3 Prisoners, who have been sent on the course by their managers, and who generally think they have nothing to learn and that it is a waste of their time.
If these are truly the motivations of attendees, then management development courses are justifiably closer to nursery school classes than university lectures. Trainers use short input sessions, animation and performance, discussions and interaction, exercises and practical examples to hold the course together. The learners are actively involved and absorb the input, the holiday-makers are entertained and the prisoners are co-opted and given one or two ideas to take back to the workplace.”
Naturally we want #1s in our courses. We have fun. We offer tricks and tips that are interesting. But underneath that veneer of humour and fun, remember we are very serious about communication and adult learning. We have dedicated our adult lives to this topic and years of post-graduate study. We want you to reap the benefit, not be on holiday or in prison.
Imagine a student in university walking into class with a sour look on her face and telling the professor before the lecture begins that she is too busy to read the texts, doesn’t like going to tutorials, needs to make phone calls during class and has to leave early every day? At the end of the course she gets a poor mark and naturally blames the professor.
Imagine the medical analogy. What if a patient arrived for an annual check up only to tell the physician that he had eaten that morning despite directions to fast, only took half his hypertension pills, didn’t exercise and wanted full lab tests, but instructed the doctor to remove only 5 cc of blood. The patient has a heart attack and blames poor diagnosis.
We can’t guarantee you success-even though our system has worked with 25,000 of the highest need clients on five continents. But we can virtually guarantee you that if you modify the session too much, or don’t come prepared and prepared to work, you have a higher likelihood of failure than if you follow our curriculum.
Think seriously about whether you want to make a case for a shorter day, a larger group or special dispensation for busy schedules. We are flexible, but lesser outcomes as a result of your modifications will be your responsibility.
We have worked very hard for years to understand our topic. The Centre for Training is a place of serious study. We ask you treat your time with us as a serious and active workday.
THE SECOND HALF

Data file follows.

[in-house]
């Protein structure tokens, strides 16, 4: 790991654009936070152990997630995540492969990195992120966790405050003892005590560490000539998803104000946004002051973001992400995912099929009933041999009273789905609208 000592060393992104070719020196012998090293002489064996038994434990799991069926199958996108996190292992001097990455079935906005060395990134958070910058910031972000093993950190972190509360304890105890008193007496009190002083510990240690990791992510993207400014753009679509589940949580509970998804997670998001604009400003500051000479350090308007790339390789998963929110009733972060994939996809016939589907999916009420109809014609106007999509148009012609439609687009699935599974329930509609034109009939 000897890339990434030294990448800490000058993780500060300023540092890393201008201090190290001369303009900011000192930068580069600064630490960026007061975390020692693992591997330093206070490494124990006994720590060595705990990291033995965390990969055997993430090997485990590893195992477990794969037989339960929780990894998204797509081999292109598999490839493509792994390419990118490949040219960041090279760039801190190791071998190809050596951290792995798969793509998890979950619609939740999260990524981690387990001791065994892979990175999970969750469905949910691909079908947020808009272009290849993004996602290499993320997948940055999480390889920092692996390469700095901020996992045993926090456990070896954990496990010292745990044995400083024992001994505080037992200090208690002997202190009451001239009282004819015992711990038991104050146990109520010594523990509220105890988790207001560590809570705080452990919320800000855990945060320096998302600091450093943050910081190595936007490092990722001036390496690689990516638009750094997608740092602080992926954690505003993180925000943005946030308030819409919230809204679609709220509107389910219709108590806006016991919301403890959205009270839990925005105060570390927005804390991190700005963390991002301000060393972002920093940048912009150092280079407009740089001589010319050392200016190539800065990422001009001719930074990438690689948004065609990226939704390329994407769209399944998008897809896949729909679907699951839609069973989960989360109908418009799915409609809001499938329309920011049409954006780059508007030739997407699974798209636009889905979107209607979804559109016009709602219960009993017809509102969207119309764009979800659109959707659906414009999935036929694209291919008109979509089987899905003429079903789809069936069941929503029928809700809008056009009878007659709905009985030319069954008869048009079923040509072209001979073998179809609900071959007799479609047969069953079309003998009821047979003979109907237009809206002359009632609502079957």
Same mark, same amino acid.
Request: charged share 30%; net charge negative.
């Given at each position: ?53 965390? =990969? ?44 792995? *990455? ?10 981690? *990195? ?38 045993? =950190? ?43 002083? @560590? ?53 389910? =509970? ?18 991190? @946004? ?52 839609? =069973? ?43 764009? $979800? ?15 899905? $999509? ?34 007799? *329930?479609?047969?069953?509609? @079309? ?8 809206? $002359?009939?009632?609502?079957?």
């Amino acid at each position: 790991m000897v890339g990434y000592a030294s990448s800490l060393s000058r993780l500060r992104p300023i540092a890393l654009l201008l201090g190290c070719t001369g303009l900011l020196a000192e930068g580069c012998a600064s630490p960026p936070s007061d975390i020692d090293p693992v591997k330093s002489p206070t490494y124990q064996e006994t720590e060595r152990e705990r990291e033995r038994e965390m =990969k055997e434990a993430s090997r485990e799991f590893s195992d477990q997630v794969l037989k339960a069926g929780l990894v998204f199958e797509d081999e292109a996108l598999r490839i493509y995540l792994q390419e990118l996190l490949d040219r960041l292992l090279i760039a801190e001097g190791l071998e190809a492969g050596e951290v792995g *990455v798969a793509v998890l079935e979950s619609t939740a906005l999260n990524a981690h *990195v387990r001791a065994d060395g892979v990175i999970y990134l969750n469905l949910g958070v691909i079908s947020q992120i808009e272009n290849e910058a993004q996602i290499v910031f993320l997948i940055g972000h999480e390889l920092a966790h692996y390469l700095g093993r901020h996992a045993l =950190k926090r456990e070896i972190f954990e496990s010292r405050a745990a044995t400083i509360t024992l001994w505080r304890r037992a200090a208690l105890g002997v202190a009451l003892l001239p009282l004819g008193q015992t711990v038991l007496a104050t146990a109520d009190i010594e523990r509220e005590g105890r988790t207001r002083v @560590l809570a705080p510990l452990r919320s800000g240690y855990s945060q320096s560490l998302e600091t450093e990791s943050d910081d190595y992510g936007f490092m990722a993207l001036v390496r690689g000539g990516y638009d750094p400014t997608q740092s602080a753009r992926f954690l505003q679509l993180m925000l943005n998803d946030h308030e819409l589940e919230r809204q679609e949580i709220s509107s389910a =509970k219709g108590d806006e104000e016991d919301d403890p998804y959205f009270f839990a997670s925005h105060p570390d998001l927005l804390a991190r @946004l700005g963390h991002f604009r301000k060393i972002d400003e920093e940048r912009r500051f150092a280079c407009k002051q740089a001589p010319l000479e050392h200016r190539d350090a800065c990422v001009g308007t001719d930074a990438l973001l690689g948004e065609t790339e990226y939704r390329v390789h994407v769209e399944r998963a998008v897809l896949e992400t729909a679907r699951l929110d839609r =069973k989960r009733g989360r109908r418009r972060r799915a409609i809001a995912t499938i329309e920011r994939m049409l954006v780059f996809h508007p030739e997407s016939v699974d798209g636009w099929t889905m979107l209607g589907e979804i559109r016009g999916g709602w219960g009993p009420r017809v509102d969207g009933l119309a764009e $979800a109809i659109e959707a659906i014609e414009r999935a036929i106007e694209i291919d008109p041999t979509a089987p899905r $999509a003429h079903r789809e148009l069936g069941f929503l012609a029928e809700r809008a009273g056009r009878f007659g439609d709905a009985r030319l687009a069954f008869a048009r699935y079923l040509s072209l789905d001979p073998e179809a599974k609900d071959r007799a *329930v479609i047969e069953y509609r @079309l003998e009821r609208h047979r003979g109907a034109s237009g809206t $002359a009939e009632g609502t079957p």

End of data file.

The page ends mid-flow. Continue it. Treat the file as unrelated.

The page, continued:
One modification we do not mind is splitting your session in two. If you need two days, separating these by a week may result in better outcomes. If you need a full day, we can split that in two as well. Two half days can allow participants to spend part of each day on their own desk work, but fully participate in their half day training session too. They can also do homework, refocus and come back determined to succeed.
In the second half of your session, for about three hours or so, you will have a number of performance encounters to exercise your ability to steward issues, advocate for your cause or organization encounter resistance to your ideas. You will encounter a number of types of questioners, from the keen beginner, the aggressive person trying to further her career, to the world weary and cranky veteran. These exercises will be a metaphor for your presentation, public speech, internal meeting or negotiation session. Attack these encounters. Do better each time. Try new techniques, safely, behind closed doors.
What will you speak about? You decide. But choose wisely. You will be speaking for up to 10 minutes, on camera, facing challenging questions and repeating the exercise many times. The subject matter can include:
- your organization’s history
- procedures, goals, aspirations
- systems, processes, products
- unique offerings or perspectives
You will need:
- facts, data, statistics
- anecdotes, stories, examples
- visual aids, samples, quotations
If you cannot bolster your argument, you don’t have an argument. If you cannot support your position, your position will crumble.
You will be asked:
- Why not?
- Are you sure?
- How do you know?
- Please give me an example?
- How often?
- How many?
The more you bring to the session, the more you will take away. We look forward to assisting you. Thanks for choosing us.